For anyone who has read anything I have written about race, or African culture or womanhood, and being an African woman myself, the story of Sarah Baartman is one that fills me with passion. The lack of dignity that the African body and especially the African woman’s body has experienced over centuries, and continues to experience at the hands of the traditional European male gaze, is one that leaves me at a loss for words. This diabolical fascination with African bodies, seen as oversexualized and consequently immoral and vulgar in nature, is nothing short of atrocious. And it has been used to justify the greatest sins committed against African people and African places. That a piece can be written that depicts Sarah Baartman in the light of Kim Kardashian, and compares these two women in the same light would be laughable if it wasn’t down-right uncivil, and borderline cold-blooded.
Kim Kardashian is many things, and we can talk about her sexuality in all its forms. We can disagree about all the feminists who want to swear up and down that what she does is sexually liberating – a claim I do not buy into. Indeed, Kim’s #breatktheInternet pictures became famous because what you have is a White woman’s (or at least a woman of Armenian descent who enjoys American white privilege) ability to wear Blackness without actually being Black; the mainstream acceptance of Black features occurring without actually having to see a Black body. And yes, “we” have Beyoncé and Nicki Minaj but let us not pretend the whitewashing of these individuals is not what makes them so appealing to a non-Black audience. But above all, what all these individuals do have, at least to an adequate degree, is something that Sarah Baartman did not – agency.
Now one can argue that Baartman had a choice – she could have not performed. But what was her alternative? Death? Abuse? We do not know for sure but history makes those deductions more than likely. Baartman didn’t have a choice as many women in those sorts of positions don’t – they have dilemmas. And in the face of dilemma, one chooses a lesser evil. But these “choices” do not equate to freedom. They are always more than likely about self-preservation, in the face of the worst kind of disparity.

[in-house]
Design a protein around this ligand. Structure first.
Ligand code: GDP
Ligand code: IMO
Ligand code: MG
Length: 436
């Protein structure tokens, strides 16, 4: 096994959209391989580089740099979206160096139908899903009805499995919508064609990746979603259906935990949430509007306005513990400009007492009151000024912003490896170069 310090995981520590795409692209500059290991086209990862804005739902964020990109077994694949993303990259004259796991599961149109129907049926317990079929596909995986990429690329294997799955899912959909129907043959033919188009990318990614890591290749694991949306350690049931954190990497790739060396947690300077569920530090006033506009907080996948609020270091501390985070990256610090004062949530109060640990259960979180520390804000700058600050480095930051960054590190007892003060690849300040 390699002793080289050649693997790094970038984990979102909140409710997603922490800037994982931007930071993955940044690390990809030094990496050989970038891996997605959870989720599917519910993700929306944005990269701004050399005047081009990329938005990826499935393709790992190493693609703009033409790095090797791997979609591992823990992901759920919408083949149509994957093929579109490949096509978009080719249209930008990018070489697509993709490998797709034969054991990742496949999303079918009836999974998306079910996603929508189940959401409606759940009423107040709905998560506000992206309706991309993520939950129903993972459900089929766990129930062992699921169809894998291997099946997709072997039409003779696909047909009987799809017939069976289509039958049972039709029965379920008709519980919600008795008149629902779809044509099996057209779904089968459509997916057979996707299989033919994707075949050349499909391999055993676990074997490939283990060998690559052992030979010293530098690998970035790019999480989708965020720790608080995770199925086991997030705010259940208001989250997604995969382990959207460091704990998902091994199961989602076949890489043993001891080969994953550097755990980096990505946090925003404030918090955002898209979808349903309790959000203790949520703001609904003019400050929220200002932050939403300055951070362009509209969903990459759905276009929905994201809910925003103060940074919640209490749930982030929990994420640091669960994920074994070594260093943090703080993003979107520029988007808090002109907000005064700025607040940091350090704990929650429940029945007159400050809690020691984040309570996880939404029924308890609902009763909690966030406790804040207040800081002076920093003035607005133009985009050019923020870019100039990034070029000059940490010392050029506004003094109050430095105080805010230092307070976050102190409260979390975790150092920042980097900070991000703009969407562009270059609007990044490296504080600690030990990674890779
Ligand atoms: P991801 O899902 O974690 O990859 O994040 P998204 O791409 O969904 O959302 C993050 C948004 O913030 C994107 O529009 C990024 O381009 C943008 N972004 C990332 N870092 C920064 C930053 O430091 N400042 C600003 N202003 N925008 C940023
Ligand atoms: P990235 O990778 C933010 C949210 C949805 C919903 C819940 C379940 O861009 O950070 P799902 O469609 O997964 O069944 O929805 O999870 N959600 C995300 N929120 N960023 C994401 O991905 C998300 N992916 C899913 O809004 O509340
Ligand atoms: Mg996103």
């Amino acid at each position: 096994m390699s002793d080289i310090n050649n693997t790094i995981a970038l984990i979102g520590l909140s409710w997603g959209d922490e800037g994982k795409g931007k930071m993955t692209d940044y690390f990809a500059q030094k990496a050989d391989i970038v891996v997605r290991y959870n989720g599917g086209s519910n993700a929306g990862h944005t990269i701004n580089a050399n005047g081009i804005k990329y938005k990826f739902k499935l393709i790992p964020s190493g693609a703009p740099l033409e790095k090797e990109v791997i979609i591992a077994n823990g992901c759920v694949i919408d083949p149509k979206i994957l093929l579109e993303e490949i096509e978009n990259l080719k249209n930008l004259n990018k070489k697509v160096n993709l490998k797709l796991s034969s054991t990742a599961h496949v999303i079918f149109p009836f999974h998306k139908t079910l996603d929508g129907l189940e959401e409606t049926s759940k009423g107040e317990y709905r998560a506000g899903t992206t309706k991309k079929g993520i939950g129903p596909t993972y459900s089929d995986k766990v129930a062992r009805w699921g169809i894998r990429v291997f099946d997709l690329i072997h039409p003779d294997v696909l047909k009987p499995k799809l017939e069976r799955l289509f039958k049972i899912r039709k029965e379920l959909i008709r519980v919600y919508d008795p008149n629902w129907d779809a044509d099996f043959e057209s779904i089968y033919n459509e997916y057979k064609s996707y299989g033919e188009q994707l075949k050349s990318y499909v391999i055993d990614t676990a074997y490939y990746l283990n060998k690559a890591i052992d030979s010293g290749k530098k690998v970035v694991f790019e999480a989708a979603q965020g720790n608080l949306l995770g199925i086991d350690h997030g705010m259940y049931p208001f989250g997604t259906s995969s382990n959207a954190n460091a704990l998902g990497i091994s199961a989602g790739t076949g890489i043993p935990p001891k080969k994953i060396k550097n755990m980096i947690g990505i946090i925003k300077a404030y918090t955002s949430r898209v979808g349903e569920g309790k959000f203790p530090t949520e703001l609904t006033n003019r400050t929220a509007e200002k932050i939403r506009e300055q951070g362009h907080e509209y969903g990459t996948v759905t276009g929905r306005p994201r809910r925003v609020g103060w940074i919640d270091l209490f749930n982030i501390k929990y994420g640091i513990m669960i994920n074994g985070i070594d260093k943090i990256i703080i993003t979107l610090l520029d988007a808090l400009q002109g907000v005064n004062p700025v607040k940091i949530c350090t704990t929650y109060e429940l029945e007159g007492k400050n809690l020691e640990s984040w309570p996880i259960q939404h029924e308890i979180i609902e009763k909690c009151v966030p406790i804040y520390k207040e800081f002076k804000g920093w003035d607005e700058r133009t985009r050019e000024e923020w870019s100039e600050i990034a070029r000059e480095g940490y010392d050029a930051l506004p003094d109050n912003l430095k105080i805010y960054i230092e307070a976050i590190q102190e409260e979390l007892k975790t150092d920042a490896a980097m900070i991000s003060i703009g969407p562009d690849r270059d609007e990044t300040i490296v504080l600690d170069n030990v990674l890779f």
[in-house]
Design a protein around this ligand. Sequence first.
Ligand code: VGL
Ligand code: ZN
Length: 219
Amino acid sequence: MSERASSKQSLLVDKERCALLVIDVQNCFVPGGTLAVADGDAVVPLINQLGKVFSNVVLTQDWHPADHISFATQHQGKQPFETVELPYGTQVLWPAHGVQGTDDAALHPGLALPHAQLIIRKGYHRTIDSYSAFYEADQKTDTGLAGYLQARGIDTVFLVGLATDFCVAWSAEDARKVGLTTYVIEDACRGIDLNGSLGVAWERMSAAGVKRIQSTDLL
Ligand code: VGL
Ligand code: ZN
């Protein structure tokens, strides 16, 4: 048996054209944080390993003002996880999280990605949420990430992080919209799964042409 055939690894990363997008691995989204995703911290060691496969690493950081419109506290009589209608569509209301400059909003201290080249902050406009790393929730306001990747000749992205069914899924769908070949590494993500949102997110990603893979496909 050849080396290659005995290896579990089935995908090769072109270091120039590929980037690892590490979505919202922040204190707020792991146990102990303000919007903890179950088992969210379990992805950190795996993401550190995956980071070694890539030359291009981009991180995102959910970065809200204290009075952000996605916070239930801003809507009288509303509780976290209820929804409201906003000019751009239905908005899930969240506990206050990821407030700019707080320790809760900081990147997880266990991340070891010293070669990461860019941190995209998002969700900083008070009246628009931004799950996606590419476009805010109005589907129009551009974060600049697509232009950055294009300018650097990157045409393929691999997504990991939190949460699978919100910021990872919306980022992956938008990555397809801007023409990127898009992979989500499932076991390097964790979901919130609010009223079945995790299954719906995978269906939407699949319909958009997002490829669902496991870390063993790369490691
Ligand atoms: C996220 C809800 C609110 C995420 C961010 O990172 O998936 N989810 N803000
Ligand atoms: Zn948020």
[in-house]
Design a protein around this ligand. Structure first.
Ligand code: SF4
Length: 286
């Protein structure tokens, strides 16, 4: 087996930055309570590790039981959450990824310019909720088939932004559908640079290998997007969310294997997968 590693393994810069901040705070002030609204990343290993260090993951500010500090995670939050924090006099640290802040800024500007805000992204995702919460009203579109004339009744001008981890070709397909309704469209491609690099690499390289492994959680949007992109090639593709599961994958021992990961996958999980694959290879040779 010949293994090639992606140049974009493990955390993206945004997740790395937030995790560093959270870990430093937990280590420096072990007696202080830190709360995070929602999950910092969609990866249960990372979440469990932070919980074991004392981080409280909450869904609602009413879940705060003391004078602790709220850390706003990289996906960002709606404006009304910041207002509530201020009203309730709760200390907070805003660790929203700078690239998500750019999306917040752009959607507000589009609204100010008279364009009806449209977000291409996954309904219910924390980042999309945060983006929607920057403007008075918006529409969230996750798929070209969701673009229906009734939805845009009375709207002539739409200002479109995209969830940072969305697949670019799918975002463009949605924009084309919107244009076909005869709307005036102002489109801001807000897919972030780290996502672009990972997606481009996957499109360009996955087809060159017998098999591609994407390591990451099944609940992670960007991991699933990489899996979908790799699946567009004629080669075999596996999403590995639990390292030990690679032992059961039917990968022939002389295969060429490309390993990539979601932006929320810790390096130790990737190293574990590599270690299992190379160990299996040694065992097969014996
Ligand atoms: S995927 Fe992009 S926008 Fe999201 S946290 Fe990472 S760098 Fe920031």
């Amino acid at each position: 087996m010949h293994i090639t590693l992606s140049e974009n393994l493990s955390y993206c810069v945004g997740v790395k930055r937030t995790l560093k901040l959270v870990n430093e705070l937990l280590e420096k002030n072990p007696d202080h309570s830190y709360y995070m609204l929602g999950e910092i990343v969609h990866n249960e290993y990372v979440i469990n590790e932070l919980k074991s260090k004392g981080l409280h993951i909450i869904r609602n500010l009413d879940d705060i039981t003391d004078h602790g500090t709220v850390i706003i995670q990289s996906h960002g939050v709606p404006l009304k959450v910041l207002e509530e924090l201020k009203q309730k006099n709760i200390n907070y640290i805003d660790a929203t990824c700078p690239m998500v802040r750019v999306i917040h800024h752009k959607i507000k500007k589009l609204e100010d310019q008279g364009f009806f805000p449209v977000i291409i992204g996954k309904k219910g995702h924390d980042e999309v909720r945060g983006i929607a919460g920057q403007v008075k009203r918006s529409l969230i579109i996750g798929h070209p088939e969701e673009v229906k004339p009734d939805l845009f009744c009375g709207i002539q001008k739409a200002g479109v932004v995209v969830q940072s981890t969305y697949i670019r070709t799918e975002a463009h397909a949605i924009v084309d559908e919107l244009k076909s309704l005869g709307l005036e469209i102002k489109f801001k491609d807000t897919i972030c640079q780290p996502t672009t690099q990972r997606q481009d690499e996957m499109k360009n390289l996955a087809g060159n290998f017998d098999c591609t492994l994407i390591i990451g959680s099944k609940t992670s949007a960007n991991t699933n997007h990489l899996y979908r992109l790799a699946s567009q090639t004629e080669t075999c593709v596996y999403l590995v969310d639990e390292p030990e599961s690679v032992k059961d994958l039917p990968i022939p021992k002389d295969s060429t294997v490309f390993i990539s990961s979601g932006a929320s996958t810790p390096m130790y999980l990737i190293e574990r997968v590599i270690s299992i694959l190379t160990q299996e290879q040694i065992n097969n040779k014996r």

Beyond the apparent lack of due diligence in the piece, de Oliveira’s description of Baartman as an “illegal immigrant” sits somewhere in history’s imagination between disbelief and anger. She was no more illegal than the millions that were transported to the Americas and Europe because of transatlantic slavery. Furthermore, describing Baartman’s skills in juxtaposition to Kardashian’s, is an insult to the memory of this woman. Kardashian does not need any fame given to her, she simply thrives on it. Removed from her homeland and facing all sorts of unknown suffering, Baartman was a woman who tried to survive.
Big butts, big thighs, tiny waists, and all the rest of them are not fascinations to Black people, to African people. They are not “trendy,” they are not things that are “in,” or things that “need to be brought back.” They have always and will likely always be a part of the legacy of those who came before us. We were not ashamed of them until we were taught to be ashamed of them; until we were subjected to violence and otherness. And even then, for many of us, the beauty of our features prevailed in our constructions and appreciation of women’s bodies. We, as African people, have traditionally always been more inclusive of different types of women’s bodies. And in the face of a culture that chews and spits trends out in a matter of time, it is important for all women to know this.
As of this latest attempt to re-write history in order to fit a certain type of Western imagination, an imagination that tries to justify the harm it has committed on not just one Sarah Baartman, but many Sarah Baartman’s, I am grateful that I am capable of being one of many voices who protests, because it is objectively wrong. And in the future, I would advise anyone attempting to write about African stories and African people, to perhaps respect us enough to listen to our stories, read our version of events, written by people writing from our perspective. Otherwise you do yourself and the audience the disservice of thinking what you are writing is nuanced narrative. When really, it is nothing short of a travesty.